BOYS WILL BE BOYS

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I’ve been giving some thought to the whole Jonathan Martin-Richie Incognito imbroglio that has lifted a rock off the twisted world of intimidation-as-camaraderie that exists in at least the Miami Dolphin NFL locker room.  Taken out of its context such behavior makes shy men shudder and league officials very nervous.  But it also reminiscent of Captain Renault’s famous line in the movie Casablanca: “I’m shocked, shocked to find that gambling is going on in here!”

NFL officials have been quick to condemn the hostility that Martin’s accusations uncovered, but let’s take a step back and consider the environment of violence that attends this game and the men who play it.

On Monday I posted a Veteran’s Day story telling of my father’s time in WWII, including how his experiences had coarsened him upon his return home.  “The harder you live the more profane you become.  ‘Gee whiz’ doesn’t work anymore.”

Author Tim O’Brien made the same observation in his highly regarded book The Things They Carry, about his time as a grunt in Viet Nam. “Send guys to war, they come home talking dirty.”   Well, football is nothing more than a metaphorical war, so you get what comes with it.

When Rob Reiner’s coming-of-age movie Stand By Me came out in 1986 I remember going to see it with my then girlfriend.  She liked the film very much, noting later how the young boys in the film were caring and supportive of one another. While I enjoyed the movie, too, I mentioned that “boys don’t really act that way around one another, at least not in my recollection.”

“You are just a cynic,” she replied, not missing the mark so much as missing the point.

I may well have been a cynic, but having gone to an all-boys primary school and a similarly gendered high school, I was rather well-versed on how boys treat one another in such closed environments, and sensitivity isn’t what I recall.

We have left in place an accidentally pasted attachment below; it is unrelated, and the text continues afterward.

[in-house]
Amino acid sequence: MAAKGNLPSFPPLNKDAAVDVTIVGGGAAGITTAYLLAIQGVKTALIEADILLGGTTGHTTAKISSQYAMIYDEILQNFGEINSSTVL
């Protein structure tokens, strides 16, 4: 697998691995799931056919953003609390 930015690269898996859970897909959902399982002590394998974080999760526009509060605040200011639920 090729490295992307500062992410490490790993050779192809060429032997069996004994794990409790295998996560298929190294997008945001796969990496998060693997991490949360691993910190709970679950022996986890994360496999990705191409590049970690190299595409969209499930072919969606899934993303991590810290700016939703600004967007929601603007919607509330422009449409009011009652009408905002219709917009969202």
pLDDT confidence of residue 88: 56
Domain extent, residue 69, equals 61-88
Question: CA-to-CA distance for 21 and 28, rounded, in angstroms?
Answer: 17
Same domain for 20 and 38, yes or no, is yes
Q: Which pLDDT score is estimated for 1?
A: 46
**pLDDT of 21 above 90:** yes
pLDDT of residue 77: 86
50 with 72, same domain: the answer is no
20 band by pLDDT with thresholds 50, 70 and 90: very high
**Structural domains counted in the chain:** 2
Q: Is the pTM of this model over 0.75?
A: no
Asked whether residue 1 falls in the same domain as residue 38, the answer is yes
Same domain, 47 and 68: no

People are now horrified at the text messages and voice mails that Incognito send Martin before Martin lost it and left the Dolphins and reported what he considered bullying to the league office.  But notice how Incognito has been baffled – other teammates, too — that “his friend” could have misread that treatment as abuse.

“My actions were coming from a place of love,” he said in his interview with Jay Glazer of Fox this past Sunday. “No matter how bad and how vulgar it sounds, that’s how we communicate, that’s how our friendship was, and those are the facts.”

paint1When my neighborhood friends and I were in grade school the way we knew we cared about each other was by the level of shit we gave one another.  We used to call one another derisively by our fathers’ first names — Isham, Earl, Salvador, and Russell — because each of us had fathers with non-traditional names.  It’s when you stop being mean to someone that they should get worried, because that means you are indifferent to them, and they are out of the brotherhood.

When my girlfriend accused me of not knowing what I was talking about in regards Stand By Me, I had the chance to have my point made several days later when we were playing tennis at a junior high school near her home.

While we were on one court, there a bunch of boys hanging around outside the fence nearby.  Soon they began verbally harassing one another, picking on the perceived weakest among them.